Multiplayer games, especially, celebrate individuals’ differences as teams use various skill sets to accomplish tasks, she added.
“Maybe you’re a rogue or maybe you’re a wizard, and that’s okay,” she said. “It’s okay for you to be different. We actually need to have different types of people in order for games to work, and I think that’s a beautiful way of representing the world.”
Music can also remind people of the video games they grew up with and the people they played them with, unearthing the same feelings they felt when they initially experienced them.
“I know people that have played a game back when they were teens, and now they’re in their 40s or 50s, and they just sit there listening to the music and they’re just in nostalgia,” Levitzky said. “They’re in this amazing flashback of when they were in their youth again and it makes them feel the way that they did when they played the game.”
The first game console Howley’s family ever owned was a Nintendo 64.
“Some of my absolute earliest memories, quite literally the very first things I can remember being like two years old, were playing Super Mario 64 with my dad,” he said.
Later, Howley fell in love with Starfox 64, which he used to play over and over again just so he could listen to the music at the end of the game. In fact, he loved the ending credits theme so much that it became the first piece he conducted for the BGSO when he transitioned from an “enthusiastic trombone player” to a conductor in 2016.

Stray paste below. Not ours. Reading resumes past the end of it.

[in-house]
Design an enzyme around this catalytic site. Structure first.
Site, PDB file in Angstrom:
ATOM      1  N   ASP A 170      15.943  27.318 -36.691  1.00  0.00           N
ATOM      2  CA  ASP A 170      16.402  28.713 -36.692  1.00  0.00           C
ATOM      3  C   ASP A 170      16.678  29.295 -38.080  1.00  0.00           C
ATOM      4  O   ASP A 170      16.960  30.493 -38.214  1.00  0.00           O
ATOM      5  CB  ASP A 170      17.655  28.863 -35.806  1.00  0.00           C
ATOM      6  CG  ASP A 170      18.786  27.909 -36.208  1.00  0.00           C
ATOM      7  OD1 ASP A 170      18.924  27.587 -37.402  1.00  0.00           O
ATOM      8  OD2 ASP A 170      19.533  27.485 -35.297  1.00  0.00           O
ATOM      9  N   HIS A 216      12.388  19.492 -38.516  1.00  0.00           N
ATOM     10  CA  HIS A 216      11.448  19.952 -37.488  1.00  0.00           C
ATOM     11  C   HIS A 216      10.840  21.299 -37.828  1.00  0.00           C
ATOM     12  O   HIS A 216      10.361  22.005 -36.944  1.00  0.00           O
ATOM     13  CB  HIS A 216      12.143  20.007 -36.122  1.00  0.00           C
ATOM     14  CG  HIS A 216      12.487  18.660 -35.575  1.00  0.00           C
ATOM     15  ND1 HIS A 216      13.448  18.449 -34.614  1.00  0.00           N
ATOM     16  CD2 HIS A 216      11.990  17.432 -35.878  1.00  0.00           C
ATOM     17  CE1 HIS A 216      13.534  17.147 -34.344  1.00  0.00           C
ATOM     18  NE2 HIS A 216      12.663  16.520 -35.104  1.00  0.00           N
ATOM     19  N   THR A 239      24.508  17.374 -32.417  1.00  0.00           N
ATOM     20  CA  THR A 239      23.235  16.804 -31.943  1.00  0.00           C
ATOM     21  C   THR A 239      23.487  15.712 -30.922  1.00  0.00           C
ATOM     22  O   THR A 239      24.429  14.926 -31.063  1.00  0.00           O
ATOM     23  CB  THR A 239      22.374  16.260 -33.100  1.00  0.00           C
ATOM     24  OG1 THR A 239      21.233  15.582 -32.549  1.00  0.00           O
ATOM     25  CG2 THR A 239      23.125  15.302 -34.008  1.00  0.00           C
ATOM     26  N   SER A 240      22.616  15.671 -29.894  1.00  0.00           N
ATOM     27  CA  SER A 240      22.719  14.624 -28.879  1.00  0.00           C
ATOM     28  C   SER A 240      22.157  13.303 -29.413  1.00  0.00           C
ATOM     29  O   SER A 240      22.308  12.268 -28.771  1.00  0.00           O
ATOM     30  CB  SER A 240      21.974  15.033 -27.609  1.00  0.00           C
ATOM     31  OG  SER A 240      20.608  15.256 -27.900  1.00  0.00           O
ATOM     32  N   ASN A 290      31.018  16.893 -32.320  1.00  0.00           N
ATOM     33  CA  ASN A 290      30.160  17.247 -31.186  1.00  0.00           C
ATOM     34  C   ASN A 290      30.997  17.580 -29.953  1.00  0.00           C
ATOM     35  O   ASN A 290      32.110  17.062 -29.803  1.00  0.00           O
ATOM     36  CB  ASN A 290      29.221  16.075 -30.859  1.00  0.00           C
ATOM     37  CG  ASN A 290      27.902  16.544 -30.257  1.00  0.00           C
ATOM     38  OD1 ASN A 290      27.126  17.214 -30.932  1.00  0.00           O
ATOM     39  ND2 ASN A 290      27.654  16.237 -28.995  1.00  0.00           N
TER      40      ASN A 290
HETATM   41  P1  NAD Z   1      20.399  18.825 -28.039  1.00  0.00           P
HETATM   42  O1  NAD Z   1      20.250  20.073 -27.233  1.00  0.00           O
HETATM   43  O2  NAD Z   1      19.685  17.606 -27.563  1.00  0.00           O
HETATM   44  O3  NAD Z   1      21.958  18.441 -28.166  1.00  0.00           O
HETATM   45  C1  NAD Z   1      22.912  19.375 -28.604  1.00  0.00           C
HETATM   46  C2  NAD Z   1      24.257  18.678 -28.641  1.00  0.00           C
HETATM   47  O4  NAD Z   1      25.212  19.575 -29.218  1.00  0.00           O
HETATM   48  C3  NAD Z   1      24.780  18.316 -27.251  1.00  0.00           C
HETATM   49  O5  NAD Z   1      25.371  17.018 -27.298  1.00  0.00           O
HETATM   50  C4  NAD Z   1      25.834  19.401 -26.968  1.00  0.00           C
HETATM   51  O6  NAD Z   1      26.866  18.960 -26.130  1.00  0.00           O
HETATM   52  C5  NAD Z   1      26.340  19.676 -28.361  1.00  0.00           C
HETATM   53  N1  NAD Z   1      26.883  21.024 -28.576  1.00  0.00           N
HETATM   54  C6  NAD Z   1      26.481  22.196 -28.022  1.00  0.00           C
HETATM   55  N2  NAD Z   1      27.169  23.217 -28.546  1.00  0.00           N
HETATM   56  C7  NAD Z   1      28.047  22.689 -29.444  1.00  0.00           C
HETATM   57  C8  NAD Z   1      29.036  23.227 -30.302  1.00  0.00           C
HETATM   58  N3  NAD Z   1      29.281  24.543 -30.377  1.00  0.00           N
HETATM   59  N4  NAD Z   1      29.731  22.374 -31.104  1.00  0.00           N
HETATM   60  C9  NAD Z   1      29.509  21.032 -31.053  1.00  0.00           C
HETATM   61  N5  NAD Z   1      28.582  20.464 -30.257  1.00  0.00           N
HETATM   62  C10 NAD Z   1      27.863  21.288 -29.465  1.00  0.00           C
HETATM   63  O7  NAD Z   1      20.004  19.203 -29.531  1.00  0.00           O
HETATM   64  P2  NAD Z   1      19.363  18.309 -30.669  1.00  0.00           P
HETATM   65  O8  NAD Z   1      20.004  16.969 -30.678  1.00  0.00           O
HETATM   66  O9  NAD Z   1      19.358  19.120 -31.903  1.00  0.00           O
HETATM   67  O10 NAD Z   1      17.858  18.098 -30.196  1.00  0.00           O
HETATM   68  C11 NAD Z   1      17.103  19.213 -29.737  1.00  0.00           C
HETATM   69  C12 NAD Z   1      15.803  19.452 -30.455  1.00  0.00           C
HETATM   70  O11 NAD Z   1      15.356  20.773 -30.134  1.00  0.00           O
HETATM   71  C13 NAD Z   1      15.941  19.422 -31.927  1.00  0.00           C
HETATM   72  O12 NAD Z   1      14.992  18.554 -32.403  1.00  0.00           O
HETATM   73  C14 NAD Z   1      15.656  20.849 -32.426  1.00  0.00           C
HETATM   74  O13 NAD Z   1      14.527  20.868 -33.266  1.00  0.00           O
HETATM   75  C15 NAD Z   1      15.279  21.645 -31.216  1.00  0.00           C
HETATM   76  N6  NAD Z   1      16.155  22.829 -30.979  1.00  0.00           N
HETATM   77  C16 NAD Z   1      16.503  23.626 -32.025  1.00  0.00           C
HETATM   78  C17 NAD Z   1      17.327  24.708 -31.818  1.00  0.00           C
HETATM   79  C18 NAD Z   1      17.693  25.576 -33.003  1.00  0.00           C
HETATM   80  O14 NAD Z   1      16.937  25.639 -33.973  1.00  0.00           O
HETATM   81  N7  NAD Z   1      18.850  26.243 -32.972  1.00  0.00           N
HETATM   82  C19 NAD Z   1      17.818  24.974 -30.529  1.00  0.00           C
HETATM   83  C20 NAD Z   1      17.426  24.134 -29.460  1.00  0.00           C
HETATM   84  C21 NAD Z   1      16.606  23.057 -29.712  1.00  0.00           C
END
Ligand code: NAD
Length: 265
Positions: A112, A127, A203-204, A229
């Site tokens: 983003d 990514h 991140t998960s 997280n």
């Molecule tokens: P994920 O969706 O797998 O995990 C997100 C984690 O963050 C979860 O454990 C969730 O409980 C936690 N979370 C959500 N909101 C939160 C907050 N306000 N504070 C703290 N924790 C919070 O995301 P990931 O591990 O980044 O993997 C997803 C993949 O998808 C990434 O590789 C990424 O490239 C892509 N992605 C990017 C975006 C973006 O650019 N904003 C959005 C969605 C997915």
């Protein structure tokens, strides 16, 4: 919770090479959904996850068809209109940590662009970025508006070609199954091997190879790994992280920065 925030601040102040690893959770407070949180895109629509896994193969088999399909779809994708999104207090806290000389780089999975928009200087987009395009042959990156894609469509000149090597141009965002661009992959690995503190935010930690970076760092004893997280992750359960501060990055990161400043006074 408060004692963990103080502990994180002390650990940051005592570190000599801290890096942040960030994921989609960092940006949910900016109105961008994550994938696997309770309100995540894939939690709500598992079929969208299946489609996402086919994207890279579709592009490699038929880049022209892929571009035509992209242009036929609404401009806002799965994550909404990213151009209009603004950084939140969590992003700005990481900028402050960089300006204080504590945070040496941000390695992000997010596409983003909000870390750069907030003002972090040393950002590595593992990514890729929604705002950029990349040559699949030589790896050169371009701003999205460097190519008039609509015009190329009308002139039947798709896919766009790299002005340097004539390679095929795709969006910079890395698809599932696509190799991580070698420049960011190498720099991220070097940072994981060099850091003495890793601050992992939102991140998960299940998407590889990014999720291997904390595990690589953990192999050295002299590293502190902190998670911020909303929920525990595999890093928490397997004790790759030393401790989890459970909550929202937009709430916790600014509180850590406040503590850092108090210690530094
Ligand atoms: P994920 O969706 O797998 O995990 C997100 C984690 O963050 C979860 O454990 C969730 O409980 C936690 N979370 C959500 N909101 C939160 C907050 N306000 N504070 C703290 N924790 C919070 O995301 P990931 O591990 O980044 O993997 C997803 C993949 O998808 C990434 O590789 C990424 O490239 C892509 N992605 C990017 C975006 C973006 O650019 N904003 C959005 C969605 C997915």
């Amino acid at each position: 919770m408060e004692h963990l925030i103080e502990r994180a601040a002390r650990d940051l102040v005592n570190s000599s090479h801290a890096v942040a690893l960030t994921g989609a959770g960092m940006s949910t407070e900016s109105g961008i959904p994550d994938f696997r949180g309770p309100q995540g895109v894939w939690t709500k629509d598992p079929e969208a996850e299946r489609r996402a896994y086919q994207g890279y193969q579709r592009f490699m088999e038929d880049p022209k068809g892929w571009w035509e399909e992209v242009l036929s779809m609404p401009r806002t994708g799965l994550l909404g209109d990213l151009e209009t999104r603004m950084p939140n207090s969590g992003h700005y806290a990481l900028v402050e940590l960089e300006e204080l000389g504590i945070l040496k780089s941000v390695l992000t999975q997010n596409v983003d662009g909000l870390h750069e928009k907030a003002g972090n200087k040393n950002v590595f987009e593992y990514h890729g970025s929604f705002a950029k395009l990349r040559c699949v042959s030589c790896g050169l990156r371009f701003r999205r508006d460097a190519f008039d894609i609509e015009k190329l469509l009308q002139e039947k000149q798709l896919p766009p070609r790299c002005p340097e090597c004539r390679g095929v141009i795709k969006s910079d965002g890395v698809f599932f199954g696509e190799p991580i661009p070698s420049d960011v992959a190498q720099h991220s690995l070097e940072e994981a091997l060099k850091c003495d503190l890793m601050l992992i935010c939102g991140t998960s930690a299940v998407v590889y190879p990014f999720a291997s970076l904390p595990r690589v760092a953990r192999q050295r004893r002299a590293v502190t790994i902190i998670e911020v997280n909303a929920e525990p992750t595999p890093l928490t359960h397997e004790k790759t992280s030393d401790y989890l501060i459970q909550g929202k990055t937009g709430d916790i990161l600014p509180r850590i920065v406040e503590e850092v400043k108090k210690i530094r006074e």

“That will always be one of the most powerful experiences of my life, getting to sit down and do that,” he said. “The dress rehearsal where I got to run through it for the first time start to finish with full instrumentation, we got all the way through dead perfect. I screamed ‘yes,’ punched the music stand in front of me, and just burst into tears.”
Levitzky said she has also heard from people who have used video games to honor deceased loved ones.
“It helped them feel like they could connect with loved ones who had died because they actually played the game with a loved one who passed away,” she said. “When they were able to get back into the game and interact with the same kind of figures, it was so awesome for them that they could experience that feeling again.”